You wouldn't expect a mom and pop Jewish-style deli to be one of Orange County's best pasta houses, but it is.
New York City Deli is on a sleepy Fountain Valley corner next to Mile Square Park--about as far from the island of Manhattan, both physically and spiritually, as it is possible to get in the Lower 48.
There isn't much of visual appeal here. The chief allusions to New York are a few framed photos of the Manhattan skyline and a pair of wacko oil-on-canvas collages centered on the Statue of Liberty. Other than those, and a blue yellow awning over the kitchen reminiscent of the Swedish flag, you're definitely in mini-mall U.S.A.
Owner Paul Hortobagyi has trod a long path to this modest location, however. He's a native of Budapest and was trained as a chef at Hungary's national culinary institute. He cooked in Italy for four years, then ran restaurants in Florida before moving to this area.
The experience shows; Hortobagyi has a bag of tricks you just don't expect from a neighborhood deli. He bakes a rye bread, for example, that rivals any around, including the famous Fred's corn rye of West Hollywood, and prepares a rose pink chicken paprikash that would make any Hungarian grandmother blush with pride.
But the subject, I believe, was pasta, so let's get back to it. Hortobagyi and his Czech-born wife, Marcella, opened their deli for dinner a few months back, adding a highly innovative and original pasta menu. The noodles themselves come fresh daily from Pasta Mia, a local supplier with a large restaurant clientele, but the inspiration is all in the family. You won't find these dishes anywhere else.
Take New England pasta--chewy spaghetti with a combination of fresh carrot and broccoli, smoked tuna and lightly sauteed Nova Scotia salmon (the same salmon, I might add, that is equally at home on this restaurant's bagels). This pasta is just great; smoky bits of flavor mingling subtly in a light butter sauce.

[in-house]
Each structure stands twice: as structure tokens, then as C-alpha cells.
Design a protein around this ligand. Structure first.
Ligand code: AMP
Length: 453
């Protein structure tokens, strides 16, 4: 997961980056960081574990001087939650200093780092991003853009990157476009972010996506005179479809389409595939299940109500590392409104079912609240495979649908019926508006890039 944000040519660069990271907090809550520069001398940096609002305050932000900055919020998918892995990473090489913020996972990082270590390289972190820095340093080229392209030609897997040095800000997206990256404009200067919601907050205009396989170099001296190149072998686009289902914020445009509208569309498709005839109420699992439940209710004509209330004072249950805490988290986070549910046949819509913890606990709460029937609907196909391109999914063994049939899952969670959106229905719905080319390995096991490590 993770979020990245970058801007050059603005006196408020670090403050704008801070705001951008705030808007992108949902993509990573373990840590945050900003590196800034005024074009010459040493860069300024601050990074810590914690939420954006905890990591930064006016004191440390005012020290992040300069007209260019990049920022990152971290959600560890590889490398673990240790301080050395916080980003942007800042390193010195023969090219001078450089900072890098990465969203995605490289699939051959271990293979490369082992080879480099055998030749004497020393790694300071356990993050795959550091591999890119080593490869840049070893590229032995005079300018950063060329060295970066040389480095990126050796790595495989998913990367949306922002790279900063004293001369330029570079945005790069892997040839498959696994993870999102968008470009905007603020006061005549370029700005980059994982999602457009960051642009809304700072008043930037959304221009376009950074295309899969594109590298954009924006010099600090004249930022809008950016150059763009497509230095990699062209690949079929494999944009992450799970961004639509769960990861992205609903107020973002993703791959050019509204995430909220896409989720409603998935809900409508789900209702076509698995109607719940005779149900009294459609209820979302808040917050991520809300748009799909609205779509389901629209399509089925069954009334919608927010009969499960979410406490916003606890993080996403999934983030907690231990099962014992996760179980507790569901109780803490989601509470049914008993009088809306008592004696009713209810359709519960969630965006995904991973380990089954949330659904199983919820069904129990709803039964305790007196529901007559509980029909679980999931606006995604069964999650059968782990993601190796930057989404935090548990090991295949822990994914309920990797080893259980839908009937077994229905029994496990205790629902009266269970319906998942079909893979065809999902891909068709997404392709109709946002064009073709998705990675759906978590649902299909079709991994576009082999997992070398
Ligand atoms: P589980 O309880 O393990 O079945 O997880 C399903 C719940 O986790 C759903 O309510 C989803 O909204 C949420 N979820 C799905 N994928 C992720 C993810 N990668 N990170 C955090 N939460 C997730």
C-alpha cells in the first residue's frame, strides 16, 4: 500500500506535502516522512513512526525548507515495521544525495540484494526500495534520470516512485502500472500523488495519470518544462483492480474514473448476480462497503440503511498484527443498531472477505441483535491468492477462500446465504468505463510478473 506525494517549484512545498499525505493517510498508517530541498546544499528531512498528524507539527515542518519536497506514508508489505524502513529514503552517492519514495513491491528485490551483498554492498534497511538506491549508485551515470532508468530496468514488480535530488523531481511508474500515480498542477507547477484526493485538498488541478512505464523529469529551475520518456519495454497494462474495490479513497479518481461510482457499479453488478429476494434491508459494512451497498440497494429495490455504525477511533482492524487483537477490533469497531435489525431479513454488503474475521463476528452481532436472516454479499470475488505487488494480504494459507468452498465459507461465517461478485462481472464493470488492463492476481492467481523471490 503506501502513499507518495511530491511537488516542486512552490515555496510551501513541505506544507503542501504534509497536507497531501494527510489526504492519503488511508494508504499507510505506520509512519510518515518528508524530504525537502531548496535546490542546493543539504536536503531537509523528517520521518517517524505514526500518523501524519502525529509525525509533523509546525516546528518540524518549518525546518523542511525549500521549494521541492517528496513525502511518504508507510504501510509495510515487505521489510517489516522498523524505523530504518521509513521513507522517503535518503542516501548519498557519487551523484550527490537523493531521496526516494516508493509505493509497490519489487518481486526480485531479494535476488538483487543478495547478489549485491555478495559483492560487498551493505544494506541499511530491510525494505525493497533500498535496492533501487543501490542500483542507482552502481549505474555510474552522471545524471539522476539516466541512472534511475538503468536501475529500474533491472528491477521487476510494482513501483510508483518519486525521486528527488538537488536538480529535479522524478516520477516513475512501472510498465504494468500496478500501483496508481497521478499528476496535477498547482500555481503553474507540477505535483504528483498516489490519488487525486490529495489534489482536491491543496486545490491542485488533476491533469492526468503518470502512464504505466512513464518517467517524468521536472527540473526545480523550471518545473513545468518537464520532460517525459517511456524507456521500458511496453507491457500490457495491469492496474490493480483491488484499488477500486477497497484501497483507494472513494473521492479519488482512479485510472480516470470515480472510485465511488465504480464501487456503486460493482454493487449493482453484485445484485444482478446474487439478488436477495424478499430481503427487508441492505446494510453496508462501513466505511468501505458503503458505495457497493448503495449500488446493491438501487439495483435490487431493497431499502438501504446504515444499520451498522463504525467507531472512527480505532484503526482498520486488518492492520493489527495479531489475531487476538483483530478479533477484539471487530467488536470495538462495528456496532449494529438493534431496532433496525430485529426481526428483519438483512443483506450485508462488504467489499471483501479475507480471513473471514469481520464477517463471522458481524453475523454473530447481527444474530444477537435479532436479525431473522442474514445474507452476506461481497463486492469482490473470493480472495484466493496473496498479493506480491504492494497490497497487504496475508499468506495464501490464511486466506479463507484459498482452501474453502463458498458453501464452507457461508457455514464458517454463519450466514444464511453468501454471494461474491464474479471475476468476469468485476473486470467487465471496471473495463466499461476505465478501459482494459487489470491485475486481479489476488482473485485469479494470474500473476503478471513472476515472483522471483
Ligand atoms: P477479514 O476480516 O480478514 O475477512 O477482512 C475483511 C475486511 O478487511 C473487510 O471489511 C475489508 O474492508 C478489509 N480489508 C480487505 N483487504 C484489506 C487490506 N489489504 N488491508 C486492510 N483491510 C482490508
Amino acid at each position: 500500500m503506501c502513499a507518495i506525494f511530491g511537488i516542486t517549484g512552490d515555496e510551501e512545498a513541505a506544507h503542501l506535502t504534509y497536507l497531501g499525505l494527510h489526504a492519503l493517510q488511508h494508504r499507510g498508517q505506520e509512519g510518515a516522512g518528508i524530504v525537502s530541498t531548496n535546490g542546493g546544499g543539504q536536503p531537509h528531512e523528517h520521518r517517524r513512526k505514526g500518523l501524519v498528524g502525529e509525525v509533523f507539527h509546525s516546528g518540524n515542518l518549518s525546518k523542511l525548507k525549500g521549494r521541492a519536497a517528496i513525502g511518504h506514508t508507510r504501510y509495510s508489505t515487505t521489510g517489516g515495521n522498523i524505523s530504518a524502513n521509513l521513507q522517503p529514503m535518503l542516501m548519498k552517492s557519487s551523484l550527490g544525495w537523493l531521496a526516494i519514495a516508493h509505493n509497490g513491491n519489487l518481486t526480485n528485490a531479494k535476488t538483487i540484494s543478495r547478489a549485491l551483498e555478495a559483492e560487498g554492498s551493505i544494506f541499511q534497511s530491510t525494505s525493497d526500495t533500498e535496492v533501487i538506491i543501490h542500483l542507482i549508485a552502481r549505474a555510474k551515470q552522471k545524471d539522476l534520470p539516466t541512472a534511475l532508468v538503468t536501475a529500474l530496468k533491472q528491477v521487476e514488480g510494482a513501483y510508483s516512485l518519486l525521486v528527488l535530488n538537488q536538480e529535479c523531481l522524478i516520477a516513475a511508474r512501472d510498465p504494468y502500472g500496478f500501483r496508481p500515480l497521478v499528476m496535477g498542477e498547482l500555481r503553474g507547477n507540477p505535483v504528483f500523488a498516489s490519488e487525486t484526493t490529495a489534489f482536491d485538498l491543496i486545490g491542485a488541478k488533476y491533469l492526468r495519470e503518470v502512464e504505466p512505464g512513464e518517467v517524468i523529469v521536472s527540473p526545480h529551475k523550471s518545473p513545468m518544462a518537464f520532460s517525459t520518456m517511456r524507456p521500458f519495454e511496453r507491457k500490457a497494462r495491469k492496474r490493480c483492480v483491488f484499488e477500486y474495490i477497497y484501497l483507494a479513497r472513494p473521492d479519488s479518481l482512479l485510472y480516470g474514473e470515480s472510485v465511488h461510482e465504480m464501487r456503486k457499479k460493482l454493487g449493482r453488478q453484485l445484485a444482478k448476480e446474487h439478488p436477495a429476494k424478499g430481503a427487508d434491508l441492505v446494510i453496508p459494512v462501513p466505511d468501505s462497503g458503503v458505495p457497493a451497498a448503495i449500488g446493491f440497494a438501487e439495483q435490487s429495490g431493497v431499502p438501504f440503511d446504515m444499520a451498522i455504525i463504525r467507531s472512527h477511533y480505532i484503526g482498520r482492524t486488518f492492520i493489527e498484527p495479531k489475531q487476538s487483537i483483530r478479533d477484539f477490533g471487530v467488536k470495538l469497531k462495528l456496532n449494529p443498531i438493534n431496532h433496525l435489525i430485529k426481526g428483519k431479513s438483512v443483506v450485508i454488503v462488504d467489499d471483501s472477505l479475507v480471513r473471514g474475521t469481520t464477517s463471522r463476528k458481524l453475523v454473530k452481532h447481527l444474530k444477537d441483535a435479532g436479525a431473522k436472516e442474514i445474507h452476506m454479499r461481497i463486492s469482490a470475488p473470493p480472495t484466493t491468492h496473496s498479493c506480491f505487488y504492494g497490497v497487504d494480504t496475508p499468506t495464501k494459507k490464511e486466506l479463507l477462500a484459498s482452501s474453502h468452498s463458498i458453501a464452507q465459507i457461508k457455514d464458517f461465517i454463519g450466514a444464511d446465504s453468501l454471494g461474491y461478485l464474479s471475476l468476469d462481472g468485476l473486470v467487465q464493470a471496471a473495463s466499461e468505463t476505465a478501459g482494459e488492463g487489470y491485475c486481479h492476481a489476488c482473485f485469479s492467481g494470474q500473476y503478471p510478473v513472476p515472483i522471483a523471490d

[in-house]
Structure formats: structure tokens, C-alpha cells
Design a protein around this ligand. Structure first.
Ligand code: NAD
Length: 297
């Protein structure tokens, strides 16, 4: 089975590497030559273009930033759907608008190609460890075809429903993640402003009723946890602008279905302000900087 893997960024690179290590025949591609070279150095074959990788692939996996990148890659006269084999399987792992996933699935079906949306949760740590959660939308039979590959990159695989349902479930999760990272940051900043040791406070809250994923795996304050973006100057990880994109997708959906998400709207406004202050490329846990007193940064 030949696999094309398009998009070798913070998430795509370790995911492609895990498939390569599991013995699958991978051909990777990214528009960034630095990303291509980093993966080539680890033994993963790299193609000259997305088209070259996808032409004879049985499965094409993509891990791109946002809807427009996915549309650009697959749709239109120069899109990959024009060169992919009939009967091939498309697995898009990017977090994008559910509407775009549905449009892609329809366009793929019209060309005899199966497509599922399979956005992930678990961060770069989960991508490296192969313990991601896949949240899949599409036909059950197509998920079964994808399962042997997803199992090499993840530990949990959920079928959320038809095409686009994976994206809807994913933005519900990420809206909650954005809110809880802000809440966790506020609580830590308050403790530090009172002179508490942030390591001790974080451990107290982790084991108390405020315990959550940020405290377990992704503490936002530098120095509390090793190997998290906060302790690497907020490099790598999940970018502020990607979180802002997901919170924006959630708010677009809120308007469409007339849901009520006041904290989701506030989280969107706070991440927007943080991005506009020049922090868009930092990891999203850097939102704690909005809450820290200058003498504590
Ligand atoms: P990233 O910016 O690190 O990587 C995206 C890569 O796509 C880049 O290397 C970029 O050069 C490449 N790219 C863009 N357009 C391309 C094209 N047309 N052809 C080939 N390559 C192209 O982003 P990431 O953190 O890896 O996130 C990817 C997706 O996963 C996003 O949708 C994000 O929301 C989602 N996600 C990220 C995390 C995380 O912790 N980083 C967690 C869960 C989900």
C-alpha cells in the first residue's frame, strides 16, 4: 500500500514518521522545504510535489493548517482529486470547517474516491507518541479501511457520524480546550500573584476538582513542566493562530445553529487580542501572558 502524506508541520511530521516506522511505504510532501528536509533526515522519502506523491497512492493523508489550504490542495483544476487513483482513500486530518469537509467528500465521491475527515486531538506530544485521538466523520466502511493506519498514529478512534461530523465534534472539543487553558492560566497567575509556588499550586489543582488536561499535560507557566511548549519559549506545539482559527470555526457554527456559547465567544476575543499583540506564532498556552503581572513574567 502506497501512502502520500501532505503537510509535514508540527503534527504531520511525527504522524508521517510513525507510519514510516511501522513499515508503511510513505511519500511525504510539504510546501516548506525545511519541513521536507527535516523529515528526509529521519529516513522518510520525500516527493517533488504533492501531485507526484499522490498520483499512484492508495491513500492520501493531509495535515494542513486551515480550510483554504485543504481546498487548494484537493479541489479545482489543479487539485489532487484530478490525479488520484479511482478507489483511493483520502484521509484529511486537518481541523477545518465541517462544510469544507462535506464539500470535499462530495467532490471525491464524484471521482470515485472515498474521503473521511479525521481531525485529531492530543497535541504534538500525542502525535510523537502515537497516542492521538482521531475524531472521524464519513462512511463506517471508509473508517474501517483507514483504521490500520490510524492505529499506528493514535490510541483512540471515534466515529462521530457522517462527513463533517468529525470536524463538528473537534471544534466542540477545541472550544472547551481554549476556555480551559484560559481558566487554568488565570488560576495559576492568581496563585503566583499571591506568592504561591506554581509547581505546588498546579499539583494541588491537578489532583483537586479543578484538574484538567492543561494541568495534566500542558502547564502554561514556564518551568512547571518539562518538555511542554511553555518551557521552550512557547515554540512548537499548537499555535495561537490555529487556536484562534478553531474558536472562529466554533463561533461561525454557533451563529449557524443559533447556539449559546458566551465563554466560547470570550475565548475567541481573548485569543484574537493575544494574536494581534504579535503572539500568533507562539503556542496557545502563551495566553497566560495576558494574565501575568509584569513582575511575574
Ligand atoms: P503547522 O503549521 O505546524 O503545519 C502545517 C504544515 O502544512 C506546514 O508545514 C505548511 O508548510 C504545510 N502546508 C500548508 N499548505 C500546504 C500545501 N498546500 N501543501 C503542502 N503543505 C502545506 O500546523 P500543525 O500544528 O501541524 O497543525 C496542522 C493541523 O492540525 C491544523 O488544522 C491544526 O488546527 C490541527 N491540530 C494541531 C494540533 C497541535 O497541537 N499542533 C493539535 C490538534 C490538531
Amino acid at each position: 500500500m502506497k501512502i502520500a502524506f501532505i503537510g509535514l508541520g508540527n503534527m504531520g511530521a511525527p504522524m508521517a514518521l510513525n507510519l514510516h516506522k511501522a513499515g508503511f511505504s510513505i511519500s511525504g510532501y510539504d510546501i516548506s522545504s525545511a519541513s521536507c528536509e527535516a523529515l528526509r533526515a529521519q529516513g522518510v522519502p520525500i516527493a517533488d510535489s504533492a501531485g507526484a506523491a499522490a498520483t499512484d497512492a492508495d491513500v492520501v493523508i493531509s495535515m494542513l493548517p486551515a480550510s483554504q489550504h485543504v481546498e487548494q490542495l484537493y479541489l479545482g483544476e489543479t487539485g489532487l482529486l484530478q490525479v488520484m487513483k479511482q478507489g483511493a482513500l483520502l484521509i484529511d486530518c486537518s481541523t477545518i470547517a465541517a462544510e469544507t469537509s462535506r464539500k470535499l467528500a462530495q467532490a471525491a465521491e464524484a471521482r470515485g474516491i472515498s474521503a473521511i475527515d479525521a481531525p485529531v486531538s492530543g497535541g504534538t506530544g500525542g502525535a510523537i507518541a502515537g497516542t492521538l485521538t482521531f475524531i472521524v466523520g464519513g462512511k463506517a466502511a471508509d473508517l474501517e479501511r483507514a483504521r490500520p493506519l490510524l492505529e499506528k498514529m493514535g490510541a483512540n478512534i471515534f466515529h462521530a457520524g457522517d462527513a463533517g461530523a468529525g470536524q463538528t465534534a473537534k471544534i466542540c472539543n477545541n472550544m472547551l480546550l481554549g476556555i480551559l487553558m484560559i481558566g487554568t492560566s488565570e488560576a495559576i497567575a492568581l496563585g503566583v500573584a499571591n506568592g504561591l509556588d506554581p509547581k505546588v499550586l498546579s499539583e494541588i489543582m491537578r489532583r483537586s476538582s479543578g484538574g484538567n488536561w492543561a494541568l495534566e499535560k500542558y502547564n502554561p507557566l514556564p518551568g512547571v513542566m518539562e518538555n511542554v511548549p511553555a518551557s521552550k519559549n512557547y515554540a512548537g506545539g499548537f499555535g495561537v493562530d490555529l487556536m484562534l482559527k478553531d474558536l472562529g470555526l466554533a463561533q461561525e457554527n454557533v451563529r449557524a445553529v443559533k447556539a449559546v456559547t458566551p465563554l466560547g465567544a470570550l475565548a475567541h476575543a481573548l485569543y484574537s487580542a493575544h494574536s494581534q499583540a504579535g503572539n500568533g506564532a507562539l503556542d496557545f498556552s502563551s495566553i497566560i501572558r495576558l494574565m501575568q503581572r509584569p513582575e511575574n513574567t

The chef is even prouder of a dish he has dubbed linguine Melrose (after Los Angeles's ultra-funky Melrose Avenue), and I can understand why. It's linguine al pesto with a twist, the twist being a heap of sun-dried tomatoes, marinated artichoke and chopped sauteed scallion. This is an intense, concentrated topping, flavors magnified by a thin blanket of freshly grated Parmesan. I'd call it the star of the show here.
Now you're ready for a couple of the more, let's say, eccentric creations. This man likes to dabble, as Thai fettuccine demonstrates. I am informed that this sweet sticky pasta is the restaurant's No. 1 seller, even if I do not care for it. Imagine pork tenderloin cut in julienne, stir-fried with snow peas, fresh mushrooms, curry spices and Piper indicum medium , Hungary's own piquant red pepper. Only a surfeit of sugar prevents this from being a masterful dish.
Perhaps Southwestern is your thing. Then how about jalapeno fettuccine tossed with avocado, green peppers and chicken in fragrant cilantro butter? No? Well, there's always spaghetti marinara, even if you do find this one just about anywhere else.
Maybe pasta isn't your thing. There's a whole lot more to eat here, revolving around competently prepared deli sandwiches and surprisingly ethnic soups. You might find a zesty beer cheese soup one evening, or a slightly grainy cream of cauliflower. But if you're really lucky, you'll come on the day Hortobagyi makes gulyas, the authentic Hungarian goulash soup. This is a ruddy, paprika-rich broth loaded with chunked potato, cubes of beef and sauteed peppers.
Sandwiches include a thinly sliced, well-stacked turkey breast, roasted daily on the premises, and a combination salami, corned beef and pastrami. The restaurant uses Hebrew National pastrami, which I've touted as Orange County's best, but this is not a real New York sandwich. For starters, the meat is machine-sliced, unless you make a special request for hand slicing. Further, Hortobagyi does not steam his meat until it falls apart.
There are also various dinner specials served nightly here, such as Oriental stir-fry (Wednesdays) and baked sea bass (Fridays). Saturdays it's paprikas csirke, the authentic chicken paprikash, served with feathery, bite-sized parsley dumplings (nockerli) that melt in the mouth.
This is your only chance to eat Hungarian food in Orange County, and I wouldn't miss it. And sometimes, when Hortobagyi is feeling homesick, he bakes up some baigly --a Hungarian nut or poppy seed roll--to serve for dessert alongside his all-American collection of homemade cookies.
New York City Deli is inexpensive. Soups are $1.95 to $2.50. Salads are $2.95 to $6.95. Sandwiches are $4.95. Pasta and dinner specialties are $4.95 to $7.95.
* NEW YORK CITY DELI
* 10964 Warner Ave., Fountain Valley.
* (714) 964-7400.
* Lunch and dinner Monday 11 a.m. to 3 p.m., Tuesday through Saturday till 9 p.m.
* VISA and MasterCard accepted.